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IE program brings N.C. students and teachers into state parks for meaningful outdoor science learning  

April 1, 2024 String activity

During a workshop, a group of elementary school teachers and park rangers are given a small piece of string–about two feet long–that they are instructed to place somewhere in the natural space outside the classroom to create a “nano-trail” for a pretend tiny creature. The group then creates a written and illustrated “trail guide” interpreting the unique natural features along the trail before guiding other groups to see the sights along their trail.   

“The creativity and imagination that the teachers and rangers demonstrate is amazing,” said Sarah Yelton, who facilitated the exercise. “They bring so many different subject areas to life when using the natural world as the context for learning.” 

Teachers and rangers creating the nano-hike at the 2023 summer institute.
Teachers and rangers creating the nano-hike at the 2023 summer institute.

This activity is conducted as part of a state-wide initiative called the Schools in Parks Collaborative, which is designed to bring together elementary teachers and park rangers to create outdoor learning experiences for students. In state parks and on school grounds, teachers and rangers are maximizing opportunities to connect to nature, enhancing science learning and fostering a sense of wonder throughout the school year.   

Yelton, the environmental education and citizen science program manager for the Center for Public Engagement with Science (CPES) at the UNC Institute for the Environment, has led the Collaborative in partnership with North Carolina State Parks since its inception in 2019 and says it is one of her most rewarding activities. North Carolina State Parks provides funding to CPES to support the Schools in Parks Collaborative.  

Teachers examine sediment from a creek.
Teachers examine sediment from a creek.

“It’s really powerful for students who may not have regular opportunities to connect to nature, and also for the teachers that are not used to going outside of their classroom as often,” said Yelton. “Some of our teachers have been surprised at how much more engaged and curious their students are when they take science learning outdoors.”  

During the year-long Collaborative, teachers and park rangers participate in workshops where hands-on activities are modeled for use on field trips. Teachers and rangers also partner to develop lessons that can be used to support student learning in state parks over the course of the school year.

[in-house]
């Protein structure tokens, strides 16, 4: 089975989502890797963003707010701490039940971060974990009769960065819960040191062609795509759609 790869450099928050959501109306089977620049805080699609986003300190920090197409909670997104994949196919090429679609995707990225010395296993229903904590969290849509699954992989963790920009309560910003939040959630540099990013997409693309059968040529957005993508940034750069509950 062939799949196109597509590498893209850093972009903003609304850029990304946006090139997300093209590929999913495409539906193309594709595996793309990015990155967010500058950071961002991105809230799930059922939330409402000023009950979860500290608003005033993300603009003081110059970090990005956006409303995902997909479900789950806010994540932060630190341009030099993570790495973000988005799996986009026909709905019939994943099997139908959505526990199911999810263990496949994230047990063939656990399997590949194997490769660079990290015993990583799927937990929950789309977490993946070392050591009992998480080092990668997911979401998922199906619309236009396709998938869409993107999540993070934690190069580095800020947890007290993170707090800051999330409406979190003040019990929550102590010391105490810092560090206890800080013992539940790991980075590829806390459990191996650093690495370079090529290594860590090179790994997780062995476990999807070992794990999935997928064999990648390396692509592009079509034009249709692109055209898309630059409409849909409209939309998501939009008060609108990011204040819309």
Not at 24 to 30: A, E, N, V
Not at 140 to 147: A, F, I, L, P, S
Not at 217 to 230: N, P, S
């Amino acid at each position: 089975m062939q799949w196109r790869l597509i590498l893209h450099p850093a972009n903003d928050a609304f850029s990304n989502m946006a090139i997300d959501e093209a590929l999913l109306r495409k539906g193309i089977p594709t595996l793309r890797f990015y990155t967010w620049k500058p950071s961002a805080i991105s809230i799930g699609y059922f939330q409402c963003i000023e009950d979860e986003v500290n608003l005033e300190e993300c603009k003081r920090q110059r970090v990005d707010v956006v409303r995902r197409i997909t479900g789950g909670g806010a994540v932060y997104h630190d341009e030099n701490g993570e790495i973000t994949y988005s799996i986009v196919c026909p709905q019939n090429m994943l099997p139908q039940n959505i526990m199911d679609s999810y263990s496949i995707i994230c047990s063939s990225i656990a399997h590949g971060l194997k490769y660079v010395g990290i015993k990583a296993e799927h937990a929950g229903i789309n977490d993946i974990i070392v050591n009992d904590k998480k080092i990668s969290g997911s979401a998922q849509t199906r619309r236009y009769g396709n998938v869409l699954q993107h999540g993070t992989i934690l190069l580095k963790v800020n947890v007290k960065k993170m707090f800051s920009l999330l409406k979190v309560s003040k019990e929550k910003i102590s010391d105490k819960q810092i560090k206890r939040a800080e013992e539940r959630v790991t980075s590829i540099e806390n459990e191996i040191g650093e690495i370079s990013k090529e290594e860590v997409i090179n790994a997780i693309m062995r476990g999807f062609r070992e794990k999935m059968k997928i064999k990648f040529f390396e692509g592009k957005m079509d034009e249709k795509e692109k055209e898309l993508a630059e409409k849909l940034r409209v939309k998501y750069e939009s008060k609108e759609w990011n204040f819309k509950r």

Yelton and Taylor Prichard, an environmental education specialist in CPES, work hand-in-hand with the education team based in N.C. State Parks to enable year-round engagement for educators, sharing resources, facilitating access to a peer network for outdoor learning, and providing continuing education credits, stipends and support in planning a state park field trip during the school year. 

During events, the CPES duo helps teachers understand how to connect with and use the natural spaces around them for learning, and helps the rangers understand how they can best facilitate learning that connects with curriculum objectives in their parks. 

A ranger and group of teachers investigate water quality during a lake ecology lesson.
A ranger and group of teachers investigate water quality during a lake ecology lesson.

Kristin Owens-White, an environmental science teacher at South Stanly Middle School in Norwood, North Carolina, was a participant in the 2022-2023 cohort of the Schools in Parks Collaborative. After her experience, she completed her N.C. Environmental Education (EE) certification and created an outdoor environmental STEM class at her school, which began this year.  

“The biggest message I want the students to get when they leave is that human impacts make a difference in the environment,” Owens-White said. “We spend lots of time outdoors but there’s a lesson behind it.” 

As teachers and park rangers work together during Collaboratives, they exchange knowledge and play on their strengths. Through this merging of environmental and educational expertise, they are able to create experiences for students that amplify the learning that’s taking place inside the classroom. All of this work contributes to the end goal—getting more students outside. 

Field trips can range from wandering in the creek catching crayfish to paddling a canoe in the middle of the lake while watching bald eagles, but all aim to nurture the understanding and appreciation of the outdoors. While some students and teachers come into the experience with caution, they almost always leave eager to learn more.  

“What I love hearing most is ‘this was the best day ever’,” said Sean Higgins, education manager with North Carolina State Parks. “Seeing them notice something about the natural world that was something they never noticed before and getting excited about that is really special.” 

As the Schools in Parks program continues to thrive, the hope is that everyone will start to understand that nature’s beauty can be found both at state parks and in the schoolyard.  

“I think by spending time outdoors, they’ll hopefully develop a lifelong appreciation of it,” Higgins said. “Our use of our devices isn’t going away, but our time spent outdoors and appreciating everything the Earth has to offer shouldn’t be going away either.”

Story by Abigail Keller
Abigail Keller is a senior at UNC-Chapel Hill’s Hussman School of Journalism and Media and is working as a communications intern with the Institute for the Environment during the 2023-24 school year. Abigail is a member of Epsilon Eta, which is Carolina’s environmental honors fraternity.